US senator's call for gas price probe is on target

The spike in gas prices at a time when supply was apparently high is cause for concern.

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Sen. Maria Cantwell, D-Wash., is going after Big Oil, and we applaud the move.

The outrageous jump in the price of gasoline has been a major contributor to the depth and breadth of the Great Recession.

When people aren't getting raises and have to spend twice as much on gasoline, they have no extra cash.

If this were just an issue of basic supply and demand it would not be a major concern for Congress. But when the price of gas spikes for no obvious reason, that's worth investigating.

Cantwell last week called for the Department of Justice to conduct a West Coast refinery-by-refinery probe into the reasons behind this year's gas price spikes.


Cantwell said a report released at a California state Senate hearing indicates artificial shortages were occurring in May and October while West Coast gas prices surged over $4 per gallon.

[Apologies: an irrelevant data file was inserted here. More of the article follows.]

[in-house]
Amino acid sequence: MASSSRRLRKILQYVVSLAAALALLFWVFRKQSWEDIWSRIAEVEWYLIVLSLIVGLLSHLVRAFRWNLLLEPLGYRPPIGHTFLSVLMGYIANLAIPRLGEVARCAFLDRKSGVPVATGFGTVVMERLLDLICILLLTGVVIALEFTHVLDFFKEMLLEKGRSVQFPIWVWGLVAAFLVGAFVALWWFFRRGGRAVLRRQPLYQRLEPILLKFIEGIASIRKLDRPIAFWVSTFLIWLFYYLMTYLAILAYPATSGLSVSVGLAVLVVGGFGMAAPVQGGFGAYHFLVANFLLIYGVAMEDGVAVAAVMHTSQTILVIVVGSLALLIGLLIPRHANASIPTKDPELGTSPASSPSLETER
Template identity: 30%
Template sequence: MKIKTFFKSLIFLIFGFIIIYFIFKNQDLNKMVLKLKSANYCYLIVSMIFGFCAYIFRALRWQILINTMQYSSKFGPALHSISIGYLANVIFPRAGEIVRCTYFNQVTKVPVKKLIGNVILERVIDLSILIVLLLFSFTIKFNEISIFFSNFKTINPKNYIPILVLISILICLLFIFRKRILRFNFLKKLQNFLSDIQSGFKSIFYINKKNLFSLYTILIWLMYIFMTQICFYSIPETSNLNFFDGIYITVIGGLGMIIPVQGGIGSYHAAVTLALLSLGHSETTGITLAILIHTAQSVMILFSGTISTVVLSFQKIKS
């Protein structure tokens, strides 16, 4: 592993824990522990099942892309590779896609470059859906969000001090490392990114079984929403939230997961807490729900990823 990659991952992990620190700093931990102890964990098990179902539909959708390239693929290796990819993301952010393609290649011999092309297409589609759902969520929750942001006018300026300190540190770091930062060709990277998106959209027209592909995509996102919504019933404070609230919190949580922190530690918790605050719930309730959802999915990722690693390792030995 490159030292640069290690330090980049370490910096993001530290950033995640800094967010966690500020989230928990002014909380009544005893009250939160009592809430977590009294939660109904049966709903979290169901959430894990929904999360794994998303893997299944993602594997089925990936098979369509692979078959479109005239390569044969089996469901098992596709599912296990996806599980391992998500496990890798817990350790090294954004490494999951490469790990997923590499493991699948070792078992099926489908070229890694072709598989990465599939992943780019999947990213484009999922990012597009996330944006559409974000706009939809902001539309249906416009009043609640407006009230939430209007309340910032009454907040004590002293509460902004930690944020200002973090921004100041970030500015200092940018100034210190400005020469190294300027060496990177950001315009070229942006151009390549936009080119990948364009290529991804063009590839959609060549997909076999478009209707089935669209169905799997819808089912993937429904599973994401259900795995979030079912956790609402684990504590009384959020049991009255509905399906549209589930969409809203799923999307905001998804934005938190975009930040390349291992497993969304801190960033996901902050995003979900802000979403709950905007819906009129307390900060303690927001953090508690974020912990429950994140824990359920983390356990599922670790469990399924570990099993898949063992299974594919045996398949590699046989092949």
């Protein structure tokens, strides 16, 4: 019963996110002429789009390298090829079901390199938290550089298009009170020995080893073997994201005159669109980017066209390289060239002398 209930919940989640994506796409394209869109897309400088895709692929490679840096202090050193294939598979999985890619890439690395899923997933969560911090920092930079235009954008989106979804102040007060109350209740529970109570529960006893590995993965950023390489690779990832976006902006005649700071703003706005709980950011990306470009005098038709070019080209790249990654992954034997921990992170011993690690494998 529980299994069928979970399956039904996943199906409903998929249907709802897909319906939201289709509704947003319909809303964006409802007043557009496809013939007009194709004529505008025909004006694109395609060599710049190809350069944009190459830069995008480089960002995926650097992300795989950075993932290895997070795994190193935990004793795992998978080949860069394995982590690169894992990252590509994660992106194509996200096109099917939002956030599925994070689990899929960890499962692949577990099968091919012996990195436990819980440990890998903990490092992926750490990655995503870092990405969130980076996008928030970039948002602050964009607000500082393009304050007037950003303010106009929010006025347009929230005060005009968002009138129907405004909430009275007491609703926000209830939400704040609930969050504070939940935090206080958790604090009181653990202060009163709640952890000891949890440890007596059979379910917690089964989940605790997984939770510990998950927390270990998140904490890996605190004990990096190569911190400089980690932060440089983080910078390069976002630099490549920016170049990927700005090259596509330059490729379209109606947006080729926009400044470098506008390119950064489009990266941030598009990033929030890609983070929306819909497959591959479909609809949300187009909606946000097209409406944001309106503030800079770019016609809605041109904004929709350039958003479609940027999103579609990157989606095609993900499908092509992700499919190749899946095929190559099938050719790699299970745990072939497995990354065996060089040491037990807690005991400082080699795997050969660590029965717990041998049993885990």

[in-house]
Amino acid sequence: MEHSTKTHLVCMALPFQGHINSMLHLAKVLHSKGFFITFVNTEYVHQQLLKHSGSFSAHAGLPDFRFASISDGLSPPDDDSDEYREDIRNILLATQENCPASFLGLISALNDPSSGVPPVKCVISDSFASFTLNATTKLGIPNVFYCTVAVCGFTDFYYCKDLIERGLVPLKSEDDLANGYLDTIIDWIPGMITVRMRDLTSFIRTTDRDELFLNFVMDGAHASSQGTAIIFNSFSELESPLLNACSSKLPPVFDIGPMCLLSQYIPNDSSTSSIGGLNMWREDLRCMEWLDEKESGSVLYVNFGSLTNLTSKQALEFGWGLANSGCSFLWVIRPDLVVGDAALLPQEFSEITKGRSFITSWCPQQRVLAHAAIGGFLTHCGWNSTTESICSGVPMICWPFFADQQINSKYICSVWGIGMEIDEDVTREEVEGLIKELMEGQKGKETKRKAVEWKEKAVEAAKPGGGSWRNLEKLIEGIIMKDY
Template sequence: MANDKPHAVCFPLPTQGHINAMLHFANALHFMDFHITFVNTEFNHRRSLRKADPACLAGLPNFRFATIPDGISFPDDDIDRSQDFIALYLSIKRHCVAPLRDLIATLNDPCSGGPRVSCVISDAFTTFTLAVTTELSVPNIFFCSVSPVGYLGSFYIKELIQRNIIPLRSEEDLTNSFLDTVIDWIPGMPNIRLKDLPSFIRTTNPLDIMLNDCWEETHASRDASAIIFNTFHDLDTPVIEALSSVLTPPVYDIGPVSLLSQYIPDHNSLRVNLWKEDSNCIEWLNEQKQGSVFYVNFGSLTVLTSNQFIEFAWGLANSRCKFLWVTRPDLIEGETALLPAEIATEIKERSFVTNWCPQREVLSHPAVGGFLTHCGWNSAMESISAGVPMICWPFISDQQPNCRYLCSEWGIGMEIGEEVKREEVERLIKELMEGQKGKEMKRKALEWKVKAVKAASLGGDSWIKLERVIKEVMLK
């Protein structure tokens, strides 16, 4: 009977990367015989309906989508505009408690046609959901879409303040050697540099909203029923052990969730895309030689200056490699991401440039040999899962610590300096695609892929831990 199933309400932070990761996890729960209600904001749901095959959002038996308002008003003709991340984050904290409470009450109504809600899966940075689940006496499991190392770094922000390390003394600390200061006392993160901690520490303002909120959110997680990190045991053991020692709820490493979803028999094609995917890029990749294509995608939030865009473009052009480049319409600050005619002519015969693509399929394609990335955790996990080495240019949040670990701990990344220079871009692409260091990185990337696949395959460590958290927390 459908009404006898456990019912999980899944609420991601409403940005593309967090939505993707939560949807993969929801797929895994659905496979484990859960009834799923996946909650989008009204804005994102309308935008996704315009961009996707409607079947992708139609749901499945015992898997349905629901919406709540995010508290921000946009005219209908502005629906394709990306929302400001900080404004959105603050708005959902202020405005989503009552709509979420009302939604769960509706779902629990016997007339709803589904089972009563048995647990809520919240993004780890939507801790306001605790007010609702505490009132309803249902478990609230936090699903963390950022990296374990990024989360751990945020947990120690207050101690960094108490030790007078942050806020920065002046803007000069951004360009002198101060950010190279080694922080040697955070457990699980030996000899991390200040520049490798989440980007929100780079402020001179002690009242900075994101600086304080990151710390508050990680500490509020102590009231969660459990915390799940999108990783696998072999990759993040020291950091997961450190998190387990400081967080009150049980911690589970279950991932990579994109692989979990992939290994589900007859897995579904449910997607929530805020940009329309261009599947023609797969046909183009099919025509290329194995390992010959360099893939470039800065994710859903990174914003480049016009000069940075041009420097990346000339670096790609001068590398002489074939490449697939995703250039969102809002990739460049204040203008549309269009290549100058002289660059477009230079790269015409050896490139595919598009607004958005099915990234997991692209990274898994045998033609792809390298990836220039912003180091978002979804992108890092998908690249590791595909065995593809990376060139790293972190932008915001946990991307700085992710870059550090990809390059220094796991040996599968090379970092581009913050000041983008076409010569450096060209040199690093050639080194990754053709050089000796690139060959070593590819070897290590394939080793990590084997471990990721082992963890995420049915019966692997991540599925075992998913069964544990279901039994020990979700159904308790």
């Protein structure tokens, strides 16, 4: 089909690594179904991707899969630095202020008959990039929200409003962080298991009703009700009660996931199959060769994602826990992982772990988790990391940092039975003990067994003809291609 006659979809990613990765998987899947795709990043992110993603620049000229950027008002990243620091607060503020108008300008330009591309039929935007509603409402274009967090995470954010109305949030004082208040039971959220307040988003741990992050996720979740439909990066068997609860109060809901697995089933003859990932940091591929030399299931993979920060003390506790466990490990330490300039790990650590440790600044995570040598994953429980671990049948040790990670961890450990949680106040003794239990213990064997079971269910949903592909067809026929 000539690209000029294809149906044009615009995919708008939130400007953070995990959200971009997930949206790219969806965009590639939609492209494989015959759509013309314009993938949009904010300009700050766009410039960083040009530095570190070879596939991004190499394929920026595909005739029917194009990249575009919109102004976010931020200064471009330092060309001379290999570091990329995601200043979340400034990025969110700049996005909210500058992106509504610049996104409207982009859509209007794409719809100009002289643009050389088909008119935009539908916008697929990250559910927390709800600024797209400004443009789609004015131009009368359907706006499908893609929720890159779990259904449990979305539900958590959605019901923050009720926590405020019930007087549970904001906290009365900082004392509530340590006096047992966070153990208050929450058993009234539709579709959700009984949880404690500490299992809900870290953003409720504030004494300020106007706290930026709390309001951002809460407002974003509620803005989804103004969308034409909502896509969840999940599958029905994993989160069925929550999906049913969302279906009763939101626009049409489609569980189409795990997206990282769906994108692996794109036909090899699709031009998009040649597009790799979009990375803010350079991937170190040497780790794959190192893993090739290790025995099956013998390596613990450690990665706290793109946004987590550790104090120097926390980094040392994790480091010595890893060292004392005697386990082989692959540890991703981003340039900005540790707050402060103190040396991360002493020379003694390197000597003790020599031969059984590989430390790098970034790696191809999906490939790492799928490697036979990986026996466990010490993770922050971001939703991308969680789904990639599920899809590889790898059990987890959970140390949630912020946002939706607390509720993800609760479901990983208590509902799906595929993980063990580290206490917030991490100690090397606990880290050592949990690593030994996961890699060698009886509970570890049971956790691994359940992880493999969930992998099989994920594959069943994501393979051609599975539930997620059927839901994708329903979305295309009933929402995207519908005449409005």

The report by McCullough Research said two West Coast oil refineries might have been producing oil in May despite public reports they were shut down for maintenance. McCullough's report said oil inventories were at historical high levels in October at the same time as gas prices spiked.

"Washingtonians were hit hard this year by gas price spikes supposedly caused by supply disruptions," Cantwell said. "This report indicates that the gas price spike may have been caused by more than just supply and demand. We need a true cop-on-the-beat policing the vital oil market."

This type of investigation needs to be done at the national level. Over the past few decades the late state Rep. Bill Grant, D-Walla Walla, nudged the state Attorney General's Office to investigate the imbalance in regional gasoline prices. The investigations found that, yes, prices were higher in Walla Walla, but it could not be proven there was anything illegal going on. It was frustrating.

Beyond exploring the recent price spikes, Congress should consider establishing oversight. Gasoline is a commodity, like electricity and natural gas, essential to our lives. The price of electricity and natural gas are regulated, why not gasoline?

Oil companies should have to seek permission from a government commission to raise prices. The commission could take into consideration market conditions, but could also make sure the consumer isn't being gouged.

Perhaps an investigation into inappropriate pricing on the West Coast could be the catalyst for commission oversight.

Cantwell is on target in seeking a Justice Department investigation.

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